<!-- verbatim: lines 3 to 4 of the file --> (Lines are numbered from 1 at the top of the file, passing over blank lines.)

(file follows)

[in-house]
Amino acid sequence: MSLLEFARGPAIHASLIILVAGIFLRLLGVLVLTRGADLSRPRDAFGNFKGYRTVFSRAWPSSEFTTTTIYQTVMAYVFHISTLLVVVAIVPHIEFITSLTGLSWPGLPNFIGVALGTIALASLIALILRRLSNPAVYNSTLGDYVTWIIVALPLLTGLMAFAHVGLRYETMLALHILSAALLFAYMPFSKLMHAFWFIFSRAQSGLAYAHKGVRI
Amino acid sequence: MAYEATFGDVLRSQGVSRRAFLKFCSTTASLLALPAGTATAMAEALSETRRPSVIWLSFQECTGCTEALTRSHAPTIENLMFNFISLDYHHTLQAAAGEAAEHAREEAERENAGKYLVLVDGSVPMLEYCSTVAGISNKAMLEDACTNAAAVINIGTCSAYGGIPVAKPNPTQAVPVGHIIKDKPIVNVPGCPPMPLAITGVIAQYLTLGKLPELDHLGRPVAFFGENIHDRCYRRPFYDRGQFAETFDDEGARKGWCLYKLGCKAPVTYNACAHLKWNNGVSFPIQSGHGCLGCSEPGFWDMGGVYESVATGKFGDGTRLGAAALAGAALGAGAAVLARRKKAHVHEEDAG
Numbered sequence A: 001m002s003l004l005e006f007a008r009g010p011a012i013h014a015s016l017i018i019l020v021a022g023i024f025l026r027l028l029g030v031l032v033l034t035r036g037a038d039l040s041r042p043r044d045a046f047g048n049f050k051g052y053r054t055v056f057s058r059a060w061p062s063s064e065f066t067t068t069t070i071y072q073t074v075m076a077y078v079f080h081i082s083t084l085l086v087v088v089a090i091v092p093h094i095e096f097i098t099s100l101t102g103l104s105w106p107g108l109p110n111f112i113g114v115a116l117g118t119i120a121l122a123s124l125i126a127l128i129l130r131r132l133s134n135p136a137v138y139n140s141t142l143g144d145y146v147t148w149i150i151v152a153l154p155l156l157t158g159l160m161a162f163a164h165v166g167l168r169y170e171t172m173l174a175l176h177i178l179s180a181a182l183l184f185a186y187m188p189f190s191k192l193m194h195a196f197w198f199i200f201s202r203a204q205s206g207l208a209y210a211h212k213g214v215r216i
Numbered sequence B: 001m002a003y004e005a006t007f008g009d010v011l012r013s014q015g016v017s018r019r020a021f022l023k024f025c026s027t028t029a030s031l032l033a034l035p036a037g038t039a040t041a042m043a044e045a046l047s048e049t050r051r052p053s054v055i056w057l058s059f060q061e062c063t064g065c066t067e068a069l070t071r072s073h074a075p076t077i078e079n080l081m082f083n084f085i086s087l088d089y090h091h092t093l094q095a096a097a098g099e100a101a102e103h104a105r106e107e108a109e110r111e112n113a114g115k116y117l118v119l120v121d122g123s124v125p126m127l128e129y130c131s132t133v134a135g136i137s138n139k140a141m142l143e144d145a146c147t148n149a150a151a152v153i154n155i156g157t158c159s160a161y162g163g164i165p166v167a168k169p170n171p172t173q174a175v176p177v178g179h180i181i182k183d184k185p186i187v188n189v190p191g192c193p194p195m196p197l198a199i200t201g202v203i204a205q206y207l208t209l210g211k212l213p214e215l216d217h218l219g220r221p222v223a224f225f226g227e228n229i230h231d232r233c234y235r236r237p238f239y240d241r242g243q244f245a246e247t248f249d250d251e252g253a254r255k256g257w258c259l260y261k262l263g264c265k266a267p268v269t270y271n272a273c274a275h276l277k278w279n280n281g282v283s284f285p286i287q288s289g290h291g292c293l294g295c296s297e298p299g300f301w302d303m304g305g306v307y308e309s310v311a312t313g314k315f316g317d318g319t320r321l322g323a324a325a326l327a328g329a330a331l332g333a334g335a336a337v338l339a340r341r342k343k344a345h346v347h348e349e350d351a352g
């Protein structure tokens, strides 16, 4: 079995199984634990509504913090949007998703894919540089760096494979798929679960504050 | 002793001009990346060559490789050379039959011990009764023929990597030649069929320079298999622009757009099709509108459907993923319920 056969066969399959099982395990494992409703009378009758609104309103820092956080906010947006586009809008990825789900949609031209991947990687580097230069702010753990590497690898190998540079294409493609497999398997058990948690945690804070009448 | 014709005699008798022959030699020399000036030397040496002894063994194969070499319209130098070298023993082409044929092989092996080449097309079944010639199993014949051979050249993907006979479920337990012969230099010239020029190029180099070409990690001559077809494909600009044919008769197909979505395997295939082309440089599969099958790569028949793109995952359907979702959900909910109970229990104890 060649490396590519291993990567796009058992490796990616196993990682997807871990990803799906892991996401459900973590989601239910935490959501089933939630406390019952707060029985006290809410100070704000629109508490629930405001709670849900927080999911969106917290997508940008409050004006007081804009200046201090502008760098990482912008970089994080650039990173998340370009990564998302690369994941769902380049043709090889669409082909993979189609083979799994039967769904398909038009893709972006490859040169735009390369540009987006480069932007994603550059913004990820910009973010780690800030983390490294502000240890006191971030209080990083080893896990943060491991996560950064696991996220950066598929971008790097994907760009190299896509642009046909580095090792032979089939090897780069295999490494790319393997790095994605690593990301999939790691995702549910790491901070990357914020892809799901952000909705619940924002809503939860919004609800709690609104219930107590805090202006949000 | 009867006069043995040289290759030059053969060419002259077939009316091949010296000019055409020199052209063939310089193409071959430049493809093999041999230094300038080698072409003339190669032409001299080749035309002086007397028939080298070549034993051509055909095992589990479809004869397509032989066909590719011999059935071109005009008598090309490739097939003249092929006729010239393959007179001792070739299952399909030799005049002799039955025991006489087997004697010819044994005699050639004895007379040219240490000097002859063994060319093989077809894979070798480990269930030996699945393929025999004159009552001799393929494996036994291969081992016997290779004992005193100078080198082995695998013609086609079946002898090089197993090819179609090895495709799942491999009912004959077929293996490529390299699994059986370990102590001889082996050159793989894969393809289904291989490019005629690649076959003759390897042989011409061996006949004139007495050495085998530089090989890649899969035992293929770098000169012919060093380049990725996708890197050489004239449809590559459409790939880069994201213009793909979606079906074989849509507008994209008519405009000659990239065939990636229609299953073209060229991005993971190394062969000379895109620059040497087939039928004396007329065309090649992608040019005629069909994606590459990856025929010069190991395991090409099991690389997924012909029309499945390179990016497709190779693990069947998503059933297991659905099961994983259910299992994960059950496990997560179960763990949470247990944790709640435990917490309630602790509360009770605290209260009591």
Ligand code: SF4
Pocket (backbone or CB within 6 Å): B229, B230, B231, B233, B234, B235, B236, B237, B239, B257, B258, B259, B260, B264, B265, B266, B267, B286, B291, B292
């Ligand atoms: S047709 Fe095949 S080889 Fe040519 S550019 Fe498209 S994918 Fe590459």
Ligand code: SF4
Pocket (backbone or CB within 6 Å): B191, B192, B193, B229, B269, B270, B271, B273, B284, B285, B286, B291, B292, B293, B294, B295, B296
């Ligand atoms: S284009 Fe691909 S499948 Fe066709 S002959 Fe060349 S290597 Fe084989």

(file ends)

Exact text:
Amino acid sequence: MAYEATFGDVLRSQGVSRRAFLKFCSTTASLLALPAGTATAMAEALSETRRPSVIWLSFQECTGCTEALTRSHAPTIENLMFNFISLDYHHTLQAAAGEAAEHAREEAERENAGKYLVLVDGSVPMLEYCSTVAGISNKAMLEDACTNAAAVINIGTCSAYGGIPVAKPNPTQAVPVGHIIKDKPIVNVPGCPPMPLAITGVIAQYLTLGKLPELDHLGRPVAFFGENIHDRCYRRPFYDRGQFAETFDDEGARKGWCLYKLGCKAPVTYNACAHLKWNNGVSFPIQSGHGCLGCSEPGFWDMGGVYESVATGKFGDGTRLGAAALAGAALGAGAAVLARRKKAHVHEEDAG
Numbered sequence A: 001m002s003l004l005e006f007a008r009g010p011a012i013h014a015s016l017i018i019l020v021a022g023i024f025l026r027l028l029g030v031l032v033l034t035r036g037a038d039l040s041r042p043r044d045a046f047g048n049f050k051g052y053r054t055v056f057s058r059a060w061p062s063s064e065f066t067t068t069t070i071y072q073t074v075m076a077y078v079f080h081i082s083t084l085l086v087v088v089a090i091v092p093h094i095e096f097i098t099s100l101t102g103l104s105w106p107g108l109p110n111f112i113g114v115a116l117g118t119i120a121l122a123s124l125i126a127l128i129l130r131r132l133s134n135p136a137v138y139n140s141t142l143g144d145y146v147t148w149i150i151v152a153l154p155l156l157t158g159l160m161a162f163a164h165v166g167l168r169y170e171t172m173l174a175l176h177i178l179s180a181a182l183l184f185a186y187m188p189f190s191k192l193m194h195a196f197w198f199i200f201s202r203a204q205s206g207l208a209y210a211h212k213g214v215r216i